Teacher Evaluation – Johnson called the evaluation of teachers based on growth in student test scores "scientifically flawed" and "neither a valid nor reliable measure of teacher effectiveness." According to Johnson, state teacher evaluation policy has now been "modified." In December 2015 the Board of Regents voted to suspend until 2019 the use of state reading and math tests as the measure for student achievement growth in teacher ratings, allowing for the use of local achievement measures and goals instead. Johnson asserted that this is "not a victory" because "the entire law was not overturned." While she declined to name Governor Cuomo directly, Johnson referenced the "Executive Office's punitive approach" to teacher evaluation, which, she said, was based on a "flawed theory of action" that "student achievement improves if you fire teachers." Johnson asserted that this approach has already "done damage to the [teaching] profession." She said there are "far fewer applicants" to teacher training programs in New York and warned: "Even in Scarsdale, you may see a shortage of teachers."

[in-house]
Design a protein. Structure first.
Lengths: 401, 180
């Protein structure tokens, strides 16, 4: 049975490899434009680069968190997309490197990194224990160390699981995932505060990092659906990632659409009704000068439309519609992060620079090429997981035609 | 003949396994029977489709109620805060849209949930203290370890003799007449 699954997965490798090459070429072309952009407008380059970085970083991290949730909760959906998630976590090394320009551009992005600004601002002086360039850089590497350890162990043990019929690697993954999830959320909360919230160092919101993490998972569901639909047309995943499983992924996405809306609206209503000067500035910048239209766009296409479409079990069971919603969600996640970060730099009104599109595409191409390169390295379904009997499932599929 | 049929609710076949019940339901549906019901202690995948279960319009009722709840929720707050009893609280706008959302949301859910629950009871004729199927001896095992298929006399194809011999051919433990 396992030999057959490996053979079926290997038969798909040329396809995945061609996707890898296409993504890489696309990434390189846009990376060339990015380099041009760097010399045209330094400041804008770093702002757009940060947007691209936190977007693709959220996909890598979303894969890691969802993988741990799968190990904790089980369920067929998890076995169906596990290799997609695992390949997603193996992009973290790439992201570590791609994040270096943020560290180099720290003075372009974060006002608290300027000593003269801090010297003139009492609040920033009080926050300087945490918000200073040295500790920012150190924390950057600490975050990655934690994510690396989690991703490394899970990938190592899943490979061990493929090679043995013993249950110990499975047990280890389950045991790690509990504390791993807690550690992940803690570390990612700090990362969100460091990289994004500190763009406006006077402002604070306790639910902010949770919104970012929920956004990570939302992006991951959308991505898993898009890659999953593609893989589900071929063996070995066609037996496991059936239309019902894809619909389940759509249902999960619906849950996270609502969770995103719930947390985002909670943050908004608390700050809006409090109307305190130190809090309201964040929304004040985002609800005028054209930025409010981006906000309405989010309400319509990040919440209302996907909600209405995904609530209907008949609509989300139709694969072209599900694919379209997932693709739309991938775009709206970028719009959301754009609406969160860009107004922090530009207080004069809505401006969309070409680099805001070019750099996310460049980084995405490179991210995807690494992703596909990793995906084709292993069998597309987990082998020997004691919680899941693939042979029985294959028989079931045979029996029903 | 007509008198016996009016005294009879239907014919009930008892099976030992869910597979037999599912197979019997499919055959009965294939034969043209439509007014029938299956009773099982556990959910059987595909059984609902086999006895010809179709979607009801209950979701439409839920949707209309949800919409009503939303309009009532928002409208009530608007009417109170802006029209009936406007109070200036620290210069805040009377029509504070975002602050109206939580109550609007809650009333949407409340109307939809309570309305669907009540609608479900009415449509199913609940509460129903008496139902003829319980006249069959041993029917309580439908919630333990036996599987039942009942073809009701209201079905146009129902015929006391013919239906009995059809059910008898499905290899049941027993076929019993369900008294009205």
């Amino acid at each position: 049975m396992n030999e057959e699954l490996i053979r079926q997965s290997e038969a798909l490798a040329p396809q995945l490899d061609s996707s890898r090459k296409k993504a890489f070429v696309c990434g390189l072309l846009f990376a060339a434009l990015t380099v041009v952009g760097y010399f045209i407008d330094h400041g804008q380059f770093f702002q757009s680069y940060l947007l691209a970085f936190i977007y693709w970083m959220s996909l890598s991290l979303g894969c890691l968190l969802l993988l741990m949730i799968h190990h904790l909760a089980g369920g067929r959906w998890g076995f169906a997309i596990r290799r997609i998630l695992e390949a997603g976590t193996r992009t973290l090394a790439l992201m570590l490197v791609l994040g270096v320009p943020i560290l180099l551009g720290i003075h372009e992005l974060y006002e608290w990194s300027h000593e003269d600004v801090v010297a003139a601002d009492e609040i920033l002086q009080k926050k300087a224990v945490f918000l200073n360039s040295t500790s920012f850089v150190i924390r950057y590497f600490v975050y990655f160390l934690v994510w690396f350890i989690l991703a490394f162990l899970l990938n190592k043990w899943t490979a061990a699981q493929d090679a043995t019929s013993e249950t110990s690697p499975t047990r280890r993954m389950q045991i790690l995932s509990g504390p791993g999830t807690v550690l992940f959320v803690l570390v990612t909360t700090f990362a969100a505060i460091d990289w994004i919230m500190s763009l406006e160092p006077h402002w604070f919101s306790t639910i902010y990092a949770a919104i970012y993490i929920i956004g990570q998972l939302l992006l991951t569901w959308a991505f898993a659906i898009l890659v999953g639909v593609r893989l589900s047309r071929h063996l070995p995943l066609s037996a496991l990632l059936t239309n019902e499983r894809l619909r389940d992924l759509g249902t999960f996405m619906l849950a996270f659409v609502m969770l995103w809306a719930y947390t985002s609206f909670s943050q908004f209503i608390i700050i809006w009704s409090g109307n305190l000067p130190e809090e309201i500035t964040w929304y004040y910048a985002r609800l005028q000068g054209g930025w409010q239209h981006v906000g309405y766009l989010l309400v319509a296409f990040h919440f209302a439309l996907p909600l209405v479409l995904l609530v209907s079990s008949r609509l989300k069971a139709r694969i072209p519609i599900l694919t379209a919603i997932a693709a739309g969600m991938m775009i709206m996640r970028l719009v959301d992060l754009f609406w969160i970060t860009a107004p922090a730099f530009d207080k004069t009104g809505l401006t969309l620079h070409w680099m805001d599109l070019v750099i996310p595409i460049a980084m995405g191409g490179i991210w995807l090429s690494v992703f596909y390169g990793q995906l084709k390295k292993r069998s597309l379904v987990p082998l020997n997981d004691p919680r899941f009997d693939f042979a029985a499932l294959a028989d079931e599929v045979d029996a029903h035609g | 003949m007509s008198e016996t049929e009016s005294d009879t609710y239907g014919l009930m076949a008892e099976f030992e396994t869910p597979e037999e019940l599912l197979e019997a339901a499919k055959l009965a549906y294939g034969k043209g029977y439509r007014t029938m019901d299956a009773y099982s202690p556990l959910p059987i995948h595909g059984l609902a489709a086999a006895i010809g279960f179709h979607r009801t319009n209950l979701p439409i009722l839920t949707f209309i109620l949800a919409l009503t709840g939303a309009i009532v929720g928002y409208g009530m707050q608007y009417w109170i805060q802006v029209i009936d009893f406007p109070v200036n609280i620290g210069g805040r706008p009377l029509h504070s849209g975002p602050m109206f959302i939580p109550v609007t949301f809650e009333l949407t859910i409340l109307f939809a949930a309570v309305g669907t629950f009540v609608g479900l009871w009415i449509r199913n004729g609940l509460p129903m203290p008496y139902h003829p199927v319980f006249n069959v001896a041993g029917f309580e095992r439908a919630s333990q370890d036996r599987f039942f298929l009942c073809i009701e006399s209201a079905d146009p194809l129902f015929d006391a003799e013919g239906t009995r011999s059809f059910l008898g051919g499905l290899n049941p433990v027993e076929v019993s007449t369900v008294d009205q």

Teacher Testing - Johnson also blamed the growing teacher shortage on the state's "one size fits all" approach to certifying new teachers. She explained that applicants who have never been exposed to any of the new Common Core standards must now pass each of three tests that have been aligned with those standards. She further noted that a federal district court judge has already determined one of these tests to have a disparate impact on minorities. Johnson called the resulting drop in the number of graduates from New York teaching colleges "a little unnerving," especially given the fact that a large cohort of teachers is "ready and eligible for retirement."

According to Johnson, the Regents latest efforts are constrained by a continued lack of state funding. She described a State Department that has been "decimated" by budget cuts. When she first arrived in Albany and asked about the research in support of state policy decisions, Johnson said she got "blank stares." When she asked about the State Education Department's research staff, she was told, "there is no staff." Due to continued lack of state funding, Johnson said that the Board of Regents is now in the process of "building a research agenda," including the design of an evidence-based teacher evaluation system, with the help of experts from universities across the country and the financial support of "external partners," such as private foundations.